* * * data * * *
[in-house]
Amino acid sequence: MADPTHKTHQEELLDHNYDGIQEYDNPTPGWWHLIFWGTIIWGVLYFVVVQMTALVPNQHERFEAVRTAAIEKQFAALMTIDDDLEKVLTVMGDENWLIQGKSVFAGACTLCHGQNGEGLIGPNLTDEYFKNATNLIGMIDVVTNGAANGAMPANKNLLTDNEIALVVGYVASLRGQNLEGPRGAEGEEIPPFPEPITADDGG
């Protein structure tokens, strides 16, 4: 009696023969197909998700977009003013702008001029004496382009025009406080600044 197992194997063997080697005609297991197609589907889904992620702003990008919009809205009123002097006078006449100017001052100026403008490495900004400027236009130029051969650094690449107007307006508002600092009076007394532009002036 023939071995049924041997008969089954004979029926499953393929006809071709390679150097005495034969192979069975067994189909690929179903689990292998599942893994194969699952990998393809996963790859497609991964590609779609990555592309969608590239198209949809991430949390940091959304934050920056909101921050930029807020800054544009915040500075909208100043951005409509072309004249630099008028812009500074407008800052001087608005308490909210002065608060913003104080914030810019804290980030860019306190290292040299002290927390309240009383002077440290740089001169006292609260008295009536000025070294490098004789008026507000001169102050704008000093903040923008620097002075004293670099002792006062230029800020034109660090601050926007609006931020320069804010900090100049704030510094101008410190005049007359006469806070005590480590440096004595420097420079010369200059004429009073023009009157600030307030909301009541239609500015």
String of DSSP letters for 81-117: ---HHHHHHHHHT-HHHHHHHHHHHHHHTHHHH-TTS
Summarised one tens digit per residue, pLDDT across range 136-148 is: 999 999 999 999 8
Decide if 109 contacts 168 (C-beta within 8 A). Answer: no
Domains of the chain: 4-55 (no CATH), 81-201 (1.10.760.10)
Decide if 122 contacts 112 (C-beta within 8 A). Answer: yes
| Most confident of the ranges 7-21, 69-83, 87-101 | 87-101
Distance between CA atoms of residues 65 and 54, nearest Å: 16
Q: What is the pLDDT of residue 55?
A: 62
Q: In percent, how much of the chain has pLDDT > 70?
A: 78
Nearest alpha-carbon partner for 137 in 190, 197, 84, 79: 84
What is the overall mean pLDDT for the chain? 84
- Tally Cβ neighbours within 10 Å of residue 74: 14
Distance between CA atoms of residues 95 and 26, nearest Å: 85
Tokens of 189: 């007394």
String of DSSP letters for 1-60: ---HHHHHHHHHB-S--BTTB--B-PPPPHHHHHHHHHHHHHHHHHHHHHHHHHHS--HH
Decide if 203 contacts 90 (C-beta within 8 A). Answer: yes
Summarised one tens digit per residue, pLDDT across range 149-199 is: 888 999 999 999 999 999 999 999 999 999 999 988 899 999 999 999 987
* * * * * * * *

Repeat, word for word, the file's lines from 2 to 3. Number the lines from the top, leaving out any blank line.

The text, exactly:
Amino acid sequence: MADPTHKTHQEELLDHNYDGIQEYDNPTPGWWHLIFWGTIIWGVLYFVVVQMTALVPNQHERFEAVRTAAIEKQFAALMTIDDDLEKVLTVMGDENWLIQGKSVFAGACTLCHGQNGEGLIGPNLTDEYFKNATNLIGMIDVVTNGAANGAMPANKNLLTDNEIALVVGYVASLRGQNLEGPRGAEGEEIPPFPEPITADDGG
């Protein structure tokens, strides 16, 4: 009696023969197909998700977009003013702008001029004496382009025009406080600044 197992194997063997080697005609297991197609589907889904992620702003990008919009809205009123002097006078006449100017001052100026403008490495900004400027236009130029051969650094690449107007307006508002600092009076007394532009002036 023939071995049924041997008969089954004979029926499953393929006809071709390679150097005495034969192979069975067994189909690929179903689990292998599942893994194969699952990998393809996963790859497609991964590609779609990555592309969608590239198209949809991430949390940091959304934050920056909101921050930029807020800054544009915040500075909208100043951005409509072309004249630099008028812009500074407008800052001087608005308490909210002065608060913003104080914030810019804290980030860019306190290292040299002290927390309240009383002077440290740089001169006292609260008295009536000025070294490098004789008026507000001169102050704008000093903040923008620097002075004293670099002792006062230029800020034109660090601050926007609006931020320069804010900090100049704030510094101008410190005049007359006469806070005590480590440096004595420097420079010369200059004429009073023009009157600030307030909301009541239609500015």